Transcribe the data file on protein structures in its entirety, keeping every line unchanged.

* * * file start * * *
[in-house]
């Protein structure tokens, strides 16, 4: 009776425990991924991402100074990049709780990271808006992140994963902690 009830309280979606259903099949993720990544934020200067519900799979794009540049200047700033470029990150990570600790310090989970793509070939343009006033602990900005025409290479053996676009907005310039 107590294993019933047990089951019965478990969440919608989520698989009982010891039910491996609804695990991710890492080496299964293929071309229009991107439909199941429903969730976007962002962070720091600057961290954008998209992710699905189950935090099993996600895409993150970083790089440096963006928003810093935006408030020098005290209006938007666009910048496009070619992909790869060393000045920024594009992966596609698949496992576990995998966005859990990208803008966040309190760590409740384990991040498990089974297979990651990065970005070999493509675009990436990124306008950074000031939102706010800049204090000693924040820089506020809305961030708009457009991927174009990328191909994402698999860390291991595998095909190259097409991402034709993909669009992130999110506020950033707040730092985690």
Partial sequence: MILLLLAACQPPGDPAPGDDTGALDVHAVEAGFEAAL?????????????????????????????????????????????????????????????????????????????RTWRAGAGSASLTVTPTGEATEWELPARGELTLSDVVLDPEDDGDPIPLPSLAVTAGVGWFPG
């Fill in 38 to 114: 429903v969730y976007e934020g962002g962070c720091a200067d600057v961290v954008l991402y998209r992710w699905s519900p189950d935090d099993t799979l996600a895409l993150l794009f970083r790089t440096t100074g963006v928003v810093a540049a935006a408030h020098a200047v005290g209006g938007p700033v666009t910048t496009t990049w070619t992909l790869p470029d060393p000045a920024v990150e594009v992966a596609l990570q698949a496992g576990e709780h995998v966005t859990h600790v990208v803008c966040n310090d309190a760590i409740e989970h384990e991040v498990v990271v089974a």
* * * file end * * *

[in-house]
């Protein structure tokens, strides 16, 4: 009776425990991924991402100074990049709780990271808006992140994963902690 009830309280979606259903099949993720990544934020200067519900799979794009540049200047700033470029990150990570600790310090989970793509070939343009006033602990900005025409290479053996676009907005310039 107590294993019933047990089951019965478990969440919608989520698989009982010891039910491996609804695990991710890492080496299964293929071309229009991107439909199941429903969730976007962002962070720091600057961290954008998209992710699905189950935090099993996600895409993150970083790089440096963006928003810093935006408030020098005290209006938007666009910048496009070619992909790869060393000045920024594009992966596609698949496992576990995998966005859990990208803008966040309190760590409740384990991040498990089974297979990651990065970005070999493509675009990436990124306008950074000031939102706010800049204090000693924040820089506020809305961030708009457009991927174009990328191909994402698999860390291991595998095909190259097409991402034709993909669009992130999110506020950033707040730092985690």
Partial sequence: MILLLLAACQPPGDPAPGDDTGALDVHAVEAGFEAAL?????????????????????????????????????????????????????????????????????????????RTWRAGAGSASLTVTPTGEATEWELPARGELTLSDVVLDPEDDGDPIPLPSLAVTAGVGWFPG
């Fill in 38 to 114: 429903v969730y976007e934020g962002g962070c720091a200067d600057v961290v954008l991402y998209r992710w699905s519900p189950d935090d099993t799979l996600a895409l993150l794009f970083r790089t440096t100074g963006v928003v810093a540049a935006a408030h020098a200047v005290g209006g938007p700033v666009t910048t496009t990049w070619t992909l790869p470029d060393p000045a920024v990150e594009v992966a596609l990570q698949a496992g576990e709780h995998v966005t859990h600790v990208v803008c966040n310090d309190a760590i409740e989970h384990e991040v498990v990271v089974a």